Based in Sydney, Australia, Foundry is a blog by Rebecca Thao. Her posts explore modern architecture through photos and quotes by influential architects, engineers, and artists.

Reflections on a Country Road

My entire last week was spent traveling, to my hometown and to the lake with some extended family. As a result, today’s post isn’t terribly well-researched. It won’t interact with any book or theologian, nor will it be anything you haven’t heard before. Today, I only offer a simple reminder, one that I received myself this week: notice and enjoy every gift God gives you.

I got to see lots of old friends and family last week, people I haven’t spoken with in a good while but should have. I sat in my parents’ living room, for the first time since Christmas, and watched an awful TV show with my dad. Some friends from high school and I grilled burgers and caught up, filling in the current details of our lives and reliving good memories. I floated in Lake Norfork with cousins I see far too little, and spent the night crammed into a camper with five other people. And as I cruised along the little country highways back to Birmingham, accompanied only by my wife and our favorite podcasts, I realized that in that whirlwind of a week I had been given so many tremendous gifts—too many to count.

It seems that we’re much better at recognizing God’s presence and activity in our lives after the fact. Most of the time, we need a little stretch of road behind us before we can see all the blessings we received before we left. But the trick to happiness—or, what transforms happiness into joy—is the ability to notice and enjoy the gifts being given to you in the moment. Many religious and spiritual movements have come to this conclusion, even if they use different language to make the point. This seems to be at the heart of the “mindfulness” movement; being present in the moment means to notice that God is constantly giving us precious gifts to be enjoyed. Even the Buddhist call to quit “grasping” for something else to make you happy has the ring of this truth to it.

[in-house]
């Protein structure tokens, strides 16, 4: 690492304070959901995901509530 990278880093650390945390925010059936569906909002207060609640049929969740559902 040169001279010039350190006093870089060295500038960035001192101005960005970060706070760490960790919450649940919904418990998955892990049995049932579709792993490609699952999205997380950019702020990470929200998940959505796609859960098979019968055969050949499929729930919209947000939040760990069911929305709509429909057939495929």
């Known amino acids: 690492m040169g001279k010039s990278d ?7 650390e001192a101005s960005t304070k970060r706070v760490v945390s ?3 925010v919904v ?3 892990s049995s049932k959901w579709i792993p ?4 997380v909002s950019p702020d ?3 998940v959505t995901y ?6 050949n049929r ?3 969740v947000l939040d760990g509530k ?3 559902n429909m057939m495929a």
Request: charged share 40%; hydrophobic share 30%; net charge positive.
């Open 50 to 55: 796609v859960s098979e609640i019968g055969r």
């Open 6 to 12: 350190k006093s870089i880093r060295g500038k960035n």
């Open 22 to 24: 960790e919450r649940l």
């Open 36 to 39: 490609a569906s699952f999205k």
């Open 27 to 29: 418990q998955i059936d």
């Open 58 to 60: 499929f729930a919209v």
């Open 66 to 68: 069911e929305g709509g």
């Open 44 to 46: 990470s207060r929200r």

Scripture also testifies to this. The Sabbath is a day to rest from work, from trying to better your situation, and enjoy what you have been given. And the commandments not to commit adultery, steal, and covet our neighbors’ relationships and property are invitations to delight in our own gifts. It’s a pretty universally accepted idea that we are a lot happier when we loosen our grip, look around us, and breathe a prayer of gratitude for what we already have.

St. James reminds us in his epistle that “every generous act of giving, with every perfect gift, is from above, coming down from the Father of lights” (1:17a). You’ll recall that this exhortation doesn’t exactly come at a high point in the letter. This is an encouragement to people stricken with poverty, faithful followers of Jesus worn ragged by temptation and trials. To these people, James says, “Remember everything you’ve been given.” Every gift is from God—and there are so many gifts to be thankful for.

So this week, let’s try to open our eyes to the world around us and recognize all the ways God is blessing us in the moment. Every country road, every late night of reminiscing, every home-cooked dinner, every hug that is not a “goodbye” but an “until next time,” every rock and tree and blade of grass. We are being blessed beyond our wildest dreams. Will you choose to notice?

Habits of the Will

Warfieldian Millennialism